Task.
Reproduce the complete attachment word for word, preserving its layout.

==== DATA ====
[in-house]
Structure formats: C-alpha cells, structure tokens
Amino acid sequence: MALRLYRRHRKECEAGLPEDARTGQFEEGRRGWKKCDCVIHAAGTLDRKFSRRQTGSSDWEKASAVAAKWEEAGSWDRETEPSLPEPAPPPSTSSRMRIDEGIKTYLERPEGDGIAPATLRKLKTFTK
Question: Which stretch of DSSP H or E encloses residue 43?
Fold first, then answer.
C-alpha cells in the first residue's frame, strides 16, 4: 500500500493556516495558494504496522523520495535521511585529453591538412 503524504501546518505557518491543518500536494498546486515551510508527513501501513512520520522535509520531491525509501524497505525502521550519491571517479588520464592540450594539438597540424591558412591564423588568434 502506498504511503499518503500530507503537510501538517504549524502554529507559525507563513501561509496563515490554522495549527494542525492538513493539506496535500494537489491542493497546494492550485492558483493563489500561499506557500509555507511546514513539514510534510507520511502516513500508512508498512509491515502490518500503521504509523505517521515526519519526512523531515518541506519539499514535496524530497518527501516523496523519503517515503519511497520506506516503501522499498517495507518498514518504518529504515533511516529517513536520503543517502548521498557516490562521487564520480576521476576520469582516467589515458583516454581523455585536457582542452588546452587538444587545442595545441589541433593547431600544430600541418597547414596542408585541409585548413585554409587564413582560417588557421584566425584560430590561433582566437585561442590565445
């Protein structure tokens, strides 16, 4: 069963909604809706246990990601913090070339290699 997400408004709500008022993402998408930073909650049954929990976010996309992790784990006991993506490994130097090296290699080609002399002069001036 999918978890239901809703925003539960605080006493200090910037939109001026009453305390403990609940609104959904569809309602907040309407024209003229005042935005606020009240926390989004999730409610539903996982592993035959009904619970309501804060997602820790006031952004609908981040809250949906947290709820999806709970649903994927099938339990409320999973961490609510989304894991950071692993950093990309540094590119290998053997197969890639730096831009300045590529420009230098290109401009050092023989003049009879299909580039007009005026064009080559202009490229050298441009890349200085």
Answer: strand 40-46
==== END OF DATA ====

[in-house]
Structure formats: C-alpha cells, structure tokens
Amino acid sequence: MALRLYRRHRKECEAGLPEDARTGQFEEGRRGWKKCDCVIHAAGTLDRKFSRRQTGSSDWEKASAVAAKWEEAGSWDRETEPSLPEPAPPPSTSSRMRIDEGIKTYLERPEGDGIAPATLRKLKTFTK
Question: Which stretch of DSSP H or E encloses residue 43?
Fold first, then answer.
C-alpha cells in the first residue's frame, strides 16, 4: 500500500493556516495558494504496522523520495535521511585529453591538412 503524504501546518505557518491543518500536494498546486515551510508527513501501513512520520522535509520531491525509501524497505525502521550519491571517479588520464592540450594539438597540424591558412591564423588568434 502506498504511503499518503500530507503537510501538517504549524502554529507559525507563513501561509496563515490554522495549527494542525492538513493539506496535500494537489491542493497546494492550485492558483493563489500561499506557500509555507511546514513539514510534510507520511502516513500508512508498512509491515502490518500503521504509523505517521515526519519526512523531515518541506519539499514535496524530497518527501516523496523519503517515503519511497520506506516503501522499498517495507518498514518504518529504515533511516529517513536520503543517502548521498557516490562521487564520480576521476576520469582516467589515458583516454581523455585536457582542452588546452587538444587545442595545441589541433593547431600544430600541418597547414596542408585541409585548413585554409587564413582560417588557421584566425584560430590561433582566437585561442590565445
């Protein structure tokens, strides 16, 4: 069963909604809706246990990601913090070339290699 997400408004709500008022993402998408930073909650049954929990976010996309992790784990006991993506490994130097090296290699080609002399002069001036 999918978890239901809703925003539960605080006493200090910037939109001026009453305390403990609940609104959904569809309602907040309407024209003229005042935005606020009240926390989004999730409610539903996982592993035959009904619970309501804060997602820790006031952004609908981040809250949906947290709820999806709970649903994927099938339990409320999973961490609510989304894991950071692993950093990309540094590119290998053997197969890639730096831009300045590529420009230098290109401009050092023989003049009879299909580039007009005026064009080559202009490229050298441009890349200085």
Answer: strand 40-46